LOS ANGELES/SAN FRANCISCO (Reuters) - Microsoft Corp posted a steeper-than-expected 17 percent drop in quarterly revenue and said its business continued to be hurt by the weak global PC and server markets, sending its shares down 8 percent and hurting broader stock futures.
PETER MISEK, ANALYST, CANACCORD ADAMS
“The common theme on the technology reports, excluding Apple, was that revenues were either light or down double digits from last year and that companies were able to show really strong profits from cost cutting.
“What Microsoft is showing you is that the revenue story, of weakness and consumers holding back, is consistent. I know everyone was surprised by how strong Intel’s results were, us included, but Intel sells chips to any laptop, any PC maker, so whether it’s a netbook or desktop they sell it.
“Whereas for Microsoft, if it’s a netbook they get a lower amount. They’re getting hurt by the emergence of netbooks and the emergence from new competition from netbooks, Apple, Android on phones, Chrome and others.
“Investors were and are playing this for a Windows 7 upgrade cycle. The problem is, we haven’t seen that and this quarter isn’t going to give us any indication of that. We won’t be able to see that till Windows 7 launches in October, and the soonest point you would have a read on it would be in January.”
YUN KIM, ANALYST, BROADPOINT AMTECH
“Nothing really showed much of an improvement from the last couple of quarters. The core focus here is really in the Windows business, and they definitely didn’t see their business improve from the weakness in the overall PC market, despite some positive chatter from Intel.
“There was some hope that their business might show some improvement, but it didn’t show that.
“The weakness came from obviously the Windows business and also on the enterprise side of the business. And also the Xbox, which is a huge revenue contributor but not a big margin contributor, there was definitely a big dropoff on Xbox consoles on the revenue side.
“The main story here is their operating expense guidance for next year. They guided for it to be up slightly. I think people were expecting that to be down. So that’s what’s really touching off the weakness right now. People would have looked past Q4 numbers if they simply guided op ex down for next year.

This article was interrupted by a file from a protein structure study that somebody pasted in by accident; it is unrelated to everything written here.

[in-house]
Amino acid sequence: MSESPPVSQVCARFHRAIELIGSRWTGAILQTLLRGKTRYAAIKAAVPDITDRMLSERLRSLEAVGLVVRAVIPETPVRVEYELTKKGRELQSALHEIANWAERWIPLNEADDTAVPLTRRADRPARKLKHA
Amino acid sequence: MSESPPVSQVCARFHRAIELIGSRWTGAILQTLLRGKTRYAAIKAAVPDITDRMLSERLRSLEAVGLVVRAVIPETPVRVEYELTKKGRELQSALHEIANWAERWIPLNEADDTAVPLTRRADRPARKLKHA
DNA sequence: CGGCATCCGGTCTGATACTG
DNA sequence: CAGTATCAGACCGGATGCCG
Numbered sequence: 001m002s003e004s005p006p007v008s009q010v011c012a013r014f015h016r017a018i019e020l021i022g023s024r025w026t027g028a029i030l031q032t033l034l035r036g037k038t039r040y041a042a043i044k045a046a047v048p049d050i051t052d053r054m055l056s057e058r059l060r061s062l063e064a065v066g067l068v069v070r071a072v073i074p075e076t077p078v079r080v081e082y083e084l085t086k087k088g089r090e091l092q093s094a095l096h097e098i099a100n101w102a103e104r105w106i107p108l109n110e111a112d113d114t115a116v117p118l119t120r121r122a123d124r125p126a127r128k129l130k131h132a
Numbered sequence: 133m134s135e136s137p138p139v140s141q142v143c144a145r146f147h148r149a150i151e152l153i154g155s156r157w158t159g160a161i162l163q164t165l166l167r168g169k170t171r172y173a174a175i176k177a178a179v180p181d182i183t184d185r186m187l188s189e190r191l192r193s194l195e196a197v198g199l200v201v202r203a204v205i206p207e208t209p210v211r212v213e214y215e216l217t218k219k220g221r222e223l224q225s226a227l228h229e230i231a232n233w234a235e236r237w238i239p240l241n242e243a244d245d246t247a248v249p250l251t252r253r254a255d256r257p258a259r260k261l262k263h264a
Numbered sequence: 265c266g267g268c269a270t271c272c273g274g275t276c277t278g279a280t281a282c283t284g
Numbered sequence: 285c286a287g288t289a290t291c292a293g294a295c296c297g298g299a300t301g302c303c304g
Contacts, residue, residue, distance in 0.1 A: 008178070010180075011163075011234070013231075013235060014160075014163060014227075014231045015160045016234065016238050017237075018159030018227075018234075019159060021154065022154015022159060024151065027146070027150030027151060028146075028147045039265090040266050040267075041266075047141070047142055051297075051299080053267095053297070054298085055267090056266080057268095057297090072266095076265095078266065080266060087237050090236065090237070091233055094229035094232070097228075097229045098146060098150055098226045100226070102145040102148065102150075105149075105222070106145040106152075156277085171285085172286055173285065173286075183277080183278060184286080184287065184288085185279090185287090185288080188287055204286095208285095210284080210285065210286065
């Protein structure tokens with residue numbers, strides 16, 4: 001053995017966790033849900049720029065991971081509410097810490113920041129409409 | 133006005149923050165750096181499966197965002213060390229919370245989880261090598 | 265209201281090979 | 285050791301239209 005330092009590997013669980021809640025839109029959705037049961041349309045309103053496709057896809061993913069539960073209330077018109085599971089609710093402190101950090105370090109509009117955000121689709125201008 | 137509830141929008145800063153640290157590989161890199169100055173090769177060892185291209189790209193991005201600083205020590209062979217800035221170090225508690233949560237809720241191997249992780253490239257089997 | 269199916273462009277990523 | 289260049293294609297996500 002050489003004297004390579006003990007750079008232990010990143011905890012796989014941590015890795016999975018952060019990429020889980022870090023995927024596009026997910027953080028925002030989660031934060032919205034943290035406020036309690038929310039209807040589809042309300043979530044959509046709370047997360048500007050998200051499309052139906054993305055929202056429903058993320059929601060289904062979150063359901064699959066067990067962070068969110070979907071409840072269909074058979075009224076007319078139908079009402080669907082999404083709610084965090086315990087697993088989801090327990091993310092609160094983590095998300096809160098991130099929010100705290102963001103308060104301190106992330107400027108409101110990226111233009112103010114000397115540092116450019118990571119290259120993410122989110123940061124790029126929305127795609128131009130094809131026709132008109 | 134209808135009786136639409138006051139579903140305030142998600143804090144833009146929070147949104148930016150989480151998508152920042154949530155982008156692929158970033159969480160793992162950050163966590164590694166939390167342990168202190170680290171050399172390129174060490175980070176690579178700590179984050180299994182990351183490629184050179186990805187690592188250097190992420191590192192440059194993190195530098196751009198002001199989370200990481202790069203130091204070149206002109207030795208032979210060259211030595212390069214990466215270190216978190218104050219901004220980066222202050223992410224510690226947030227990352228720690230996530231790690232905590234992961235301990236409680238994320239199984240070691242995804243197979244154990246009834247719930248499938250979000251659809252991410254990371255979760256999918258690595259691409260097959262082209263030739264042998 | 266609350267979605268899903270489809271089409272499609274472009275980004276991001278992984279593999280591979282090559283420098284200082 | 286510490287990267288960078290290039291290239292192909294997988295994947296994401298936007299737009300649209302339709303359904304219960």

“A lot of people thought that Microsoft could basically manage their expense, their margins, very carefully, such that they’d be able to weather any kind of weakness or volatility in their revenue.”
STEPHEN MASSOCCA, MANAGING DIRECTOR, WEDBUSH MORGAN
“Microsoft’s revenue was really light, on the very bottom line. We expect an upgrade to come along, but things are very uncertain at this point. I think from now on, we are left with little room for disappointments.”
SID PARAKH, ANALYST, MCADAMS WRIGHT RAGEN
“Clearly not to our expectations, it was very disappointing.
“The results from most of the electronics supply chain were really good, especially if you look at Intel. That would have implied that the results should have looked better, but it clearly did not.
“The operating expenses was actually a little better than we were expecting. One of the things that was evident even in the results is that cost controls was pretty good.
“The big question is with revenues and what’s happening. Clearly enterprise spending is still weak. If you compare numbers to our model, they’re in line but they miss on the server side and the Microsoft business division.”
LAXMI PORURI, PARTNER, PRIMARY GLOBAL RESEARCH
“Spending has been sparse by businesses and we’re not in full recovery mode yet. We’re not in big-ticket mode, which is businesses purchasing a lot of equipment and a lot of software. They’re doing small projects and that’s going to hurt your margins.
“There is a lot of uncertainty. When you have a product and a recent history of an operating system that didn’t work, which is Vista, and you have a new one coming up, you’re not going to jump on the bandwagon straight away, especially in an environment when your spending is going to be scrutinized.
“So what we’re going to see is a little lull in terms of people waiting to see if the first version (of Windows 7) has bugs.”
KIM CAUGHEY, SENIOR ANALYST, FORT PITT CAPITAL GROUP
“They were really light on revenue. I hope they’ll highlight that on the call, give more clarity. I would hope in the call they’re going to tell us where the dollars are.
“They need to explain where the money went. If I was Nancy Drew this would be the case of the missing revenue.
“Servers and tools were down $200 million year over year, that’s not hugely surprising. Companies aren’t exactly going out there and buying new servers.
“That being said, I think the company’s strong cost controls paid off for it. Microsoft hasn’t really been known as somebody that has very tight cost controls.”
TOAN TRAN, ANALYST, MORNINGSTAR
“It looked like a pretty tough quarter for Microsoft. The topline was very weak, excluding the revenue deferral for Windows 7.
“The operating expense outlook was in line with our expectations. Microsoft is very much in touch with in-demand, meaning there’s not a lot inventory of software.
“So the reports you saw from Intel benefiting from inventory replenishment in the supply chain, but Microsoft is still very much in touch with in-demand. It’s not different from anything else we’re seeing from other PC makers, in that demand remains weak.”
Reporting by Yinka Adegoke, Edward Krudy and Angela Moon in New York and Alexei Oreskovic in San Francisco; Compiled by Edwin Chan
Our Standards: The Thomson Reuters Trust Principles.